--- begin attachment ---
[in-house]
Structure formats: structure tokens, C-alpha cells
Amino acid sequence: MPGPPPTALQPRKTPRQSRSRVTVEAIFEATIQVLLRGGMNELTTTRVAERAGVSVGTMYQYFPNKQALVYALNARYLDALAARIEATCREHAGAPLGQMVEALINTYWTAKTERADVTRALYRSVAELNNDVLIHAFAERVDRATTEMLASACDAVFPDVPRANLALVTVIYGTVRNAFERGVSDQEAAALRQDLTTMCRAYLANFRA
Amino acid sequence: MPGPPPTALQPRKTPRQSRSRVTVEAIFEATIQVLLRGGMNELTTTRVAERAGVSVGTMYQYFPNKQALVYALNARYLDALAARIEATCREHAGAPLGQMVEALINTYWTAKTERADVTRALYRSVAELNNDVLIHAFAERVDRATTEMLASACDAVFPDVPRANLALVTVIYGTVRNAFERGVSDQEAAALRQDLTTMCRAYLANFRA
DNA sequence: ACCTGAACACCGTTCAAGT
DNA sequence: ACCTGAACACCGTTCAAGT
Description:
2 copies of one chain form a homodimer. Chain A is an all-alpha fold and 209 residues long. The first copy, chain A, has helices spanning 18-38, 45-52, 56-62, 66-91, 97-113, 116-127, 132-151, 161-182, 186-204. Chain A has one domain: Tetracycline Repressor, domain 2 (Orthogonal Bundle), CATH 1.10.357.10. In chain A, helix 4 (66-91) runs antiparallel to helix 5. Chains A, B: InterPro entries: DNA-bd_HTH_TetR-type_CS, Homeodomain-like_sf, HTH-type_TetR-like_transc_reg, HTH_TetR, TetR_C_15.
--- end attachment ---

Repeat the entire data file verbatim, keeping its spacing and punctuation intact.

[in-house]
Structure formats: structure tokens, C-alpha cells
Amino acid sequence: MPGPPPTALQPRKTPRQSRSRVTVEAIFEATIQVLLRGGMNELTTTRVAERAGVSVGTMYQYFPNKQALVYALNARYLDALAARIEATCREHAGAPLGQMVEALINTYWTAKTERADVTRALYRSVAELNNDVLIHAFAERVDRATTEMLASACDAVFPDVPRANLALVTVIYGTVRNAFERGVSDQEAAALRQDLTTMCRAYLANFRA
Amino acid sequence: MPGPPPTALQPRKTPRQSRSRVTVEAIFEATIQVLLRGGMNELTTTRVAERAGVSVGTMYQYFPNKQALVYALNARYLDALAARIEATCREHAGAPLGQMVEALINTYWTAKTERADVTRALYRSVAELNNDVLIHAFAERVDRATTEMLASACDAVFPDVPRANLALVTVIYGTVRNAFERGVSDQEAAALRQDLTTMCRAYLANFRA
DNA sequence: ACCTGAACACCGTTCAAGT
DNA sequence: ACCTGAACACCGTTCAAGT
Description:
2 copies of one chain form a homodimer. Chain A is an all-alpha fold and 209 residues long. The first copy, chain A, has helices spanning 18-38, 45-52, 56-62, 66-91, 97-113, 116-127, 132-151, 161-182, 186-204. Chain A has one domain: Tetracycline Repressor, domain 2 (Orthogonal Bundle), CATH 1.10.357.10. In chain A, helix 4 (66-91) runs antiparallel to helix 5. Chains A, B: InterPro entries: DNA-bd_HTH_TetR-type_CS, Homeodomain-like_sf, HTH-type_TetR-like_transc_reg, HTH_TetR, TetR_C_15.